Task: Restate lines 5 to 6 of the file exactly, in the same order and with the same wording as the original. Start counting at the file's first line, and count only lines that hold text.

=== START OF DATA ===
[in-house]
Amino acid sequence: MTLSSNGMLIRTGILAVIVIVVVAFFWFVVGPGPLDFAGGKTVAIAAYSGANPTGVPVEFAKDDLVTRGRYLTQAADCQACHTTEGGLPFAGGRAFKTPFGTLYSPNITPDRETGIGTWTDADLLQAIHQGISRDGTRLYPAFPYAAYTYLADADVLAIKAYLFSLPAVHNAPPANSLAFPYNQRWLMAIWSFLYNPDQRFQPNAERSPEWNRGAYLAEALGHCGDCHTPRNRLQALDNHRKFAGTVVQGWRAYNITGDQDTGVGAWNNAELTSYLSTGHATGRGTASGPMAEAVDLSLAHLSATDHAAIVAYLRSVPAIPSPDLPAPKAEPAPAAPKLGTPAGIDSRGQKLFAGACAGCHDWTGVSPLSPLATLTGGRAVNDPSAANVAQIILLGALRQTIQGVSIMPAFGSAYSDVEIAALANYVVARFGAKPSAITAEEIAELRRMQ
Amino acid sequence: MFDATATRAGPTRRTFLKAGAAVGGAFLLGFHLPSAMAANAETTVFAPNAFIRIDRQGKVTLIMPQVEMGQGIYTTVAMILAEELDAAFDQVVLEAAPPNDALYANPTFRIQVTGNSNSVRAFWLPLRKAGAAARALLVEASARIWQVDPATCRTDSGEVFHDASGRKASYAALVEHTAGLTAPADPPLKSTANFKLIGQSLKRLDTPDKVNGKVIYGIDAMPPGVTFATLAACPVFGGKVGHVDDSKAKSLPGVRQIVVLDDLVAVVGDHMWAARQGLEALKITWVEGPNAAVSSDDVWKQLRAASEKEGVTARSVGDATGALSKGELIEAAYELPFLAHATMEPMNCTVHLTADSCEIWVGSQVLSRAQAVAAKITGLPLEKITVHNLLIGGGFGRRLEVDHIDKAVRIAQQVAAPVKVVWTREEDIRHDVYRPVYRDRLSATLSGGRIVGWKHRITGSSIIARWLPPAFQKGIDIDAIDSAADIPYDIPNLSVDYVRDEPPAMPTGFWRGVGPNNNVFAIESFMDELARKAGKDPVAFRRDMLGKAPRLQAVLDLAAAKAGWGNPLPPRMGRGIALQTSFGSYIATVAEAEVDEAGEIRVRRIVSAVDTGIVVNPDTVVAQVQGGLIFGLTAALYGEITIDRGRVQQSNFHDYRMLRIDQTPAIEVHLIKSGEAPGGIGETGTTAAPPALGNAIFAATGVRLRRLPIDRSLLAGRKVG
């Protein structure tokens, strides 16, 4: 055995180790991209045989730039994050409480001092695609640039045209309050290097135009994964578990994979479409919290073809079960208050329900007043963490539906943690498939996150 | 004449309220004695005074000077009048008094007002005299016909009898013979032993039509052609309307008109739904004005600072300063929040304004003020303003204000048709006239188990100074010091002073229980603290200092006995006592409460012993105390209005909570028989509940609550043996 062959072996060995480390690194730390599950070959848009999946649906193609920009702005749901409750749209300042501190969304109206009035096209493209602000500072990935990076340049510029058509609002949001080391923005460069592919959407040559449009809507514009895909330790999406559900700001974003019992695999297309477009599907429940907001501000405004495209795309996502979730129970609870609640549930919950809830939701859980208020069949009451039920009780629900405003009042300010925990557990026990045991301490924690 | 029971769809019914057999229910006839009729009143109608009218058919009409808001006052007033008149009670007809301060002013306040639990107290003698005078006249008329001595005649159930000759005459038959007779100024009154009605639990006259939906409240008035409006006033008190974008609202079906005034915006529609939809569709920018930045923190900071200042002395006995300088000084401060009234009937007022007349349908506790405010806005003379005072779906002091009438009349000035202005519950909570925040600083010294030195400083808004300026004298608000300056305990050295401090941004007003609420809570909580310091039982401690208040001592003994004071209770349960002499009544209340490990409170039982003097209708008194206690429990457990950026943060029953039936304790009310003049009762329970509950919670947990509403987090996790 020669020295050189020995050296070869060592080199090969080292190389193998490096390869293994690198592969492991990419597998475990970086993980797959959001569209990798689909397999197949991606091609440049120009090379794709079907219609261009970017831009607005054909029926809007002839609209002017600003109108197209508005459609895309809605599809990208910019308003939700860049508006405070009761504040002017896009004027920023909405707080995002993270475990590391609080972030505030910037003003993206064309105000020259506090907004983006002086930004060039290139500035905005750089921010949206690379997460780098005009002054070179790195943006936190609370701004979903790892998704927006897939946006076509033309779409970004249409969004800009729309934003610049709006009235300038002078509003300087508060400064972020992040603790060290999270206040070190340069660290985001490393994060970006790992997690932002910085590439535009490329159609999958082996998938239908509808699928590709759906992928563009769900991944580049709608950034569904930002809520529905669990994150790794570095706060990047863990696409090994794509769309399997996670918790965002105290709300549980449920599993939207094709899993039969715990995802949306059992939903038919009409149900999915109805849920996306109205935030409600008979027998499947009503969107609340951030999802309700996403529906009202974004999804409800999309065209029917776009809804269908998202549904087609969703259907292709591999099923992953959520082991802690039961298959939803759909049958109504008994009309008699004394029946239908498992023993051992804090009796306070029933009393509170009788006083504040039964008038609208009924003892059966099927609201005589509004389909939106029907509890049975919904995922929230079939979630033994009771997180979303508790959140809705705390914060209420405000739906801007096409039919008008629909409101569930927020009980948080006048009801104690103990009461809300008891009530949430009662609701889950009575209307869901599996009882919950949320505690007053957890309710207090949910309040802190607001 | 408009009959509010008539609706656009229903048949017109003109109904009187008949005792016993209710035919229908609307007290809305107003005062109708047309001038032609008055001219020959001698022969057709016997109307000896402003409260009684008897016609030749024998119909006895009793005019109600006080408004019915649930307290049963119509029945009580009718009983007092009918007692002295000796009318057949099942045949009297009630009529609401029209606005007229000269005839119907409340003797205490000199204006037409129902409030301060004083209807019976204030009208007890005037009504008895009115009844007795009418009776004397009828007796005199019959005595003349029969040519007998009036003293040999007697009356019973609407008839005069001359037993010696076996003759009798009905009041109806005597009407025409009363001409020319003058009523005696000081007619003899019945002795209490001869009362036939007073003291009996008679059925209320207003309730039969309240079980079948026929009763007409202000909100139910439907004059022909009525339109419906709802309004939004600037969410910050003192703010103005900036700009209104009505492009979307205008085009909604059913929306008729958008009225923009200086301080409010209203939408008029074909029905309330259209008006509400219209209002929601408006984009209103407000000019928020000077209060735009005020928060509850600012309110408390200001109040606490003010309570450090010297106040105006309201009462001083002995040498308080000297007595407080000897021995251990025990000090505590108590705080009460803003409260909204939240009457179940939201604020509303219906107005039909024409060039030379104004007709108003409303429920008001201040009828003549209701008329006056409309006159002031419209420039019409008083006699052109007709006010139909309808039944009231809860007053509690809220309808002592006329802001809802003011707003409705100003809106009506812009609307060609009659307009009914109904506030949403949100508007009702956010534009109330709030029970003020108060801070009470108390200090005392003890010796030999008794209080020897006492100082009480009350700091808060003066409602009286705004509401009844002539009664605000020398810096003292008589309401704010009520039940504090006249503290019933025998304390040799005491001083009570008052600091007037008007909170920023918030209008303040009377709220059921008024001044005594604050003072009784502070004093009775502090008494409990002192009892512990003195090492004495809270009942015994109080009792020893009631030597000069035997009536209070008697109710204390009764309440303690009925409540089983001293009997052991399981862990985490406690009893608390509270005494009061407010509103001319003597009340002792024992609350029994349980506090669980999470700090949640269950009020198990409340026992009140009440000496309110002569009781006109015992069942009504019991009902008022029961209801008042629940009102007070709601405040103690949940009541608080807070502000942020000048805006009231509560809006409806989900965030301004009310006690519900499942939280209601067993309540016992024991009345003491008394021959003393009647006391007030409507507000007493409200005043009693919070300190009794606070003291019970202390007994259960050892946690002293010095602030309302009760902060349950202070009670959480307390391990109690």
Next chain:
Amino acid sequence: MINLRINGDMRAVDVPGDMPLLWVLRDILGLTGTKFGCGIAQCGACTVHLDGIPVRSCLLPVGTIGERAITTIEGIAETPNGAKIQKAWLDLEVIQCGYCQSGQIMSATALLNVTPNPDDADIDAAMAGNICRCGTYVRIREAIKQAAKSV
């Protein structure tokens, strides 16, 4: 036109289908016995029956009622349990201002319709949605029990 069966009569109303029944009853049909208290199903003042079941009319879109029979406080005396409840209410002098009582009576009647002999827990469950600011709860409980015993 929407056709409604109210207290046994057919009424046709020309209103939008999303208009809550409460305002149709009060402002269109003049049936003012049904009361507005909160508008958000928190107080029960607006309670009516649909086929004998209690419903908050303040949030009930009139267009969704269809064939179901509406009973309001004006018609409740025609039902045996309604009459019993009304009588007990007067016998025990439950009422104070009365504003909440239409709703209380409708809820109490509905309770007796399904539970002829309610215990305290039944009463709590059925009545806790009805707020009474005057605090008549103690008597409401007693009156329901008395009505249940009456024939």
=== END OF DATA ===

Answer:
Next chain:
Amino acid sequence: MINLRINGDMRAVDVPGDMPLLWVLRDILGLTGTKFGCGIAQCGACTVHLDGIPVRSCLLPVGTIGERAITTIEGIAETPNGAKIQKAWLDLEVIQCGYCQSGQIMSATALLNVTPNPDDADIDAAMAGNICRCGTYVRIREAIKQAAKSV